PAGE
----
Quoting a source close to the case, French news agency AFP said on Wednesday the designer was now seeking an additional sum close to two million euros, or $2.2 million at current exchange, corresponding to his variable compensation in his last year at the head of the fashion label.
In addition, it said, Slimane is asking Kering to apply a partnership agreement giving him certain rights as a minority shareholder in Saint Laurent, namely to information. It is not known what percentage of the company’s capital is in Slimane’s hands.
Slimane’s lawyer Hervé Temime declined to comment on the AFP report. Officials at the commercial court in Paris were not immediately available to comment.
Kering said in June it would appeal the $13 million award linked to the non-compete clause. Slimane, who left Saint Laurent in April after a four-year tenure as creative and image director, lodged the procedure in May. It concerns non-competition obligations that are among standard clauses for high-profile executive and creative roles in fashion, and which typically restrict a designer or chief executive officer from working for competitors for a year or more.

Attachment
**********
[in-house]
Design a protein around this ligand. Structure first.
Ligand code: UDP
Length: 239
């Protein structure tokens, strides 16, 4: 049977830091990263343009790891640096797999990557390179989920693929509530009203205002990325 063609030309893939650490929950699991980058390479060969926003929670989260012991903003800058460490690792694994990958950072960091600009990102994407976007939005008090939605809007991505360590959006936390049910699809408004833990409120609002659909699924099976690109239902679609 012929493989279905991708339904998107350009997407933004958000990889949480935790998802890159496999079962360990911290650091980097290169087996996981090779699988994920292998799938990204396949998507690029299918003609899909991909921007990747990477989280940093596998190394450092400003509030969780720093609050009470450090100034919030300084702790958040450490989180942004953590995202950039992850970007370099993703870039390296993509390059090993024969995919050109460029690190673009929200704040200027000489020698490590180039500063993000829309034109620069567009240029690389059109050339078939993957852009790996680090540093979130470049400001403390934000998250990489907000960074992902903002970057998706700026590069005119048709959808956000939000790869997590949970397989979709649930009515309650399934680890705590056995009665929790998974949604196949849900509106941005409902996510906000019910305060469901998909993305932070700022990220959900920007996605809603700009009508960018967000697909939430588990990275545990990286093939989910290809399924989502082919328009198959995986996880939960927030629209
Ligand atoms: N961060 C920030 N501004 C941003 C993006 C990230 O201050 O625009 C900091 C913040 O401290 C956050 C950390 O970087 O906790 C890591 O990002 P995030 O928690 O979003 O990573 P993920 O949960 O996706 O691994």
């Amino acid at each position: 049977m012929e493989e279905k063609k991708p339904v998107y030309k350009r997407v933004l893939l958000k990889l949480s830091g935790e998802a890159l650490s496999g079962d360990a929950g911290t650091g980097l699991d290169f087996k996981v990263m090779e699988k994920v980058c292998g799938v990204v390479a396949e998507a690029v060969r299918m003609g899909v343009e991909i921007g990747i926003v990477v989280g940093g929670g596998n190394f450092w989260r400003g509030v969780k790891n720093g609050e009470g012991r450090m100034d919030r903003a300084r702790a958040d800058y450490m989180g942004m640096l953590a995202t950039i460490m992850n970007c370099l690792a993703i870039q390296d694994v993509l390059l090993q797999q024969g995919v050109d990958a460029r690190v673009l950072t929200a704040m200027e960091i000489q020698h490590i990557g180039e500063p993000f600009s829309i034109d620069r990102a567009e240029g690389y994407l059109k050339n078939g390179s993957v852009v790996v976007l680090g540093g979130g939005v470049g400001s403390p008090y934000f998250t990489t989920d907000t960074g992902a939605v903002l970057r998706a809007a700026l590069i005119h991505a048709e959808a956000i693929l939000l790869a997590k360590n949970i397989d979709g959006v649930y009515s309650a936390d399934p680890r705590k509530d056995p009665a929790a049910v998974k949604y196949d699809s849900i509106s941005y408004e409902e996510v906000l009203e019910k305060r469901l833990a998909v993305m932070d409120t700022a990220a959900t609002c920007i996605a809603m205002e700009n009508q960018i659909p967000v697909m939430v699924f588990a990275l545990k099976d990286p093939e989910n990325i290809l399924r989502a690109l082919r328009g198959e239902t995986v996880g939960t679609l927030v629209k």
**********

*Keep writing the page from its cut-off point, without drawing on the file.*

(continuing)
“Kering lifted this clause at the end of Hedi Slimane’s contract, thus freeing Hedi Slimane from this potential constraint. Hedi Slimane is requesting that this clause be applied still, along with the effective payment of the financial compensation that goes with it,” the group said.
Slimane’s legal challenge suggests he doesn’t have any immediate plans to sign on with another fashion house. Before joining YSL, he spent several years concentrating on photography and art making in his post-Dior Homme career.
Anthony Vaccarello, who succeeded Slimane at the design helm of Saint Laurent, showed his first collection for the brand during Paris Fashion Week.